7. Stabilize your sleep.
Insufficient or poor-quality sleep is directly linked with depression and anxiety. It goes both ways: stress and depression also make it harder to fall asleep and stay asleep. Rest easy with a consistent before-bed routine, and avoid computers and other electronics at least two to four hours before bed (screens emit blue light that disturbs melatonin production and regular sleep). Try to go to sleep and wake up around the same time every day, and don’t oversleep. Too much sleep is linked with depression. If you struggle with sleep, supplements such as melatonin, valerian, lemon balm, and lavender essential oil have proven benefits.
Related: 7 Supplements for Better Sleep
8. Hug a tree.
Being outside with flowers and trees reduces stress and improves mood. In one study, taking a walk in nature reduced depression scores in 71 percent of participants.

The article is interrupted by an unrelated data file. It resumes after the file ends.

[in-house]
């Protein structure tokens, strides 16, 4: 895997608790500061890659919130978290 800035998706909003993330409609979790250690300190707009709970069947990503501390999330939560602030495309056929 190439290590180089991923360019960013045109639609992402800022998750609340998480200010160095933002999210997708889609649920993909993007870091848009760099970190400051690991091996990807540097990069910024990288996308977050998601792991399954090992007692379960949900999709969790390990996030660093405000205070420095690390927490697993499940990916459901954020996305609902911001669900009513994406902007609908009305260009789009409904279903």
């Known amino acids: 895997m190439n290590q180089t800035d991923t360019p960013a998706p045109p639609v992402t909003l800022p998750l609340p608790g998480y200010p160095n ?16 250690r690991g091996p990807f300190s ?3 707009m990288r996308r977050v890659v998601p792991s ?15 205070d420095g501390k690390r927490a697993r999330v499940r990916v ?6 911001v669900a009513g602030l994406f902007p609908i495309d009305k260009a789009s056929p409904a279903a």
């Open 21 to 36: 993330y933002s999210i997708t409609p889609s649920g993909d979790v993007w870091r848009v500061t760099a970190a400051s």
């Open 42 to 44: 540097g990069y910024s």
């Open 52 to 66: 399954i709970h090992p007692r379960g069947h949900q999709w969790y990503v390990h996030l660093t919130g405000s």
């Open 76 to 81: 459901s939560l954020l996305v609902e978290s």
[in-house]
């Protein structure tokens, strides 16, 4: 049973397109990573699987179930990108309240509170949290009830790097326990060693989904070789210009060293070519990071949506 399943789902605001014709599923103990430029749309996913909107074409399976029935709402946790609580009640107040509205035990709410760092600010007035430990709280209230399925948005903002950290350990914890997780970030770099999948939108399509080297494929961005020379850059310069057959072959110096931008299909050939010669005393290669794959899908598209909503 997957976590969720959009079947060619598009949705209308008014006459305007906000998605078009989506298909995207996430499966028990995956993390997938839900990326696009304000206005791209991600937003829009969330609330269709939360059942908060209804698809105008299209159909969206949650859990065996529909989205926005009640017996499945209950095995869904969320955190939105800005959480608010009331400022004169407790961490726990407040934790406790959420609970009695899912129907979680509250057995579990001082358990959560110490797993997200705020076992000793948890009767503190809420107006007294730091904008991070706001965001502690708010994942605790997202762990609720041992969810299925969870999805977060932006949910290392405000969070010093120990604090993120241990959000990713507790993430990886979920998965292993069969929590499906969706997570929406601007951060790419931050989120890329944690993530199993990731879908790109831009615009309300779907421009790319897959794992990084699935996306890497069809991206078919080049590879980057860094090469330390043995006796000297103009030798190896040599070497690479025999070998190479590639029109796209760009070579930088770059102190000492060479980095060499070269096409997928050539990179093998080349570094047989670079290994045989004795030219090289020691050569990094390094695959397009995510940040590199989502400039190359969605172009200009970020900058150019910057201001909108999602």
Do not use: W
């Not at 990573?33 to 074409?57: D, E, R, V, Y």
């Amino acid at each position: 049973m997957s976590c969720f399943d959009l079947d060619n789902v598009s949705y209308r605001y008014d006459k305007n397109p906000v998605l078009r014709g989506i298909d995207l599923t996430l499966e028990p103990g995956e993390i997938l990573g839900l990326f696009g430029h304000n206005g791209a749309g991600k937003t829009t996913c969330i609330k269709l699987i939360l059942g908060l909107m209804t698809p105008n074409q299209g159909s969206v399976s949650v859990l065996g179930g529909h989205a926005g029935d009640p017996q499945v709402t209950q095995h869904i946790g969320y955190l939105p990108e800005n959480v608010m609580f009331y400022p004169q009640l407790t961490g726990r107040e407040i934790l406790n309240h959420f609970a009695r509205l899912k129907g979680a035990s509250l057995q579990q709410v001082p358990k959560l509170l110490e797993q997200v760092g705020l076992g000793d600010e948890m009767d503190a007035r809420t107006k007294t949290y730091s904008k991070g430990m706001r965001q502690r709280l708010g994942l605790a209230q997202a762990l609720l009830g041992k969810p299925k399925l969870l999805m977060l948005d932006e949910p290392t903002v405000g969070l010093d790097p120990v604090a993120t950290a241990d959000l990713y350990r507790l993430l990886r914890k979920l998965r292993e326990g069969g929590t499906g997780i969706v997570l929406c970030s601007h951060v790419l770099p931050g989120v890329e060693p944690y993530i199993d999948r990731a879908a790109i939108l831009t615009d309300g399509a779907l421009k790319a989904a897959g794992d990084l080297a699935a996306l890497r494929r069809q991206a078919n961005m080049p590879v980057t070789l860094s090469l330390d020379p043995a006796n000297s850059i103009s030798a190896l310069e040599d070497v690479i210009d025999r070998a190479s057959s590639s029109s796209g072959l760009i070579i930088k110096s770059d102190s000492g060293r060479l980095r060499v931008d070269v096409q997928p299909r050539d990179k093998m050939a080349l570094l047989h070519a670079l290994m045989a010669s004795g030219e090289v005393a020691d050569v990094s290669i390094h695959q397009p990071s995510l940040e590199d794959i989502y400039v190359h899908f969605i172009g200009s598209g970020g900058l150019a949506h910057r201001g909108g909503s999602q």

And you don’t have to break a sweat—in the same study, the equivalent amount of exercise indoors didn’t impact mood. Plus, a regular dose of sunshine enhances vitamin D production, which can relieve stress, anxiety, and depression. Vitamin D influences neurotransmitters related to brain function and mood, and a number of studies have linked low vitamin D with increased stress, depression, and anxiety.
9. Make your belly better.
Gut and mood are intimately linked through the gut-brain axis, and gut microbiota communicate with the central nervous system (CNS) through a variety of pathways. Beneficial microorganisms in the gut produce serotonin and other neuroactive substances, and research links disturbances in the gut microbiome with increased risk of depression. Other studies show that a healthy microbiome can protect against anxiety and other mood disorders. Add fermented foods such as yogurt, kefir, tempeh,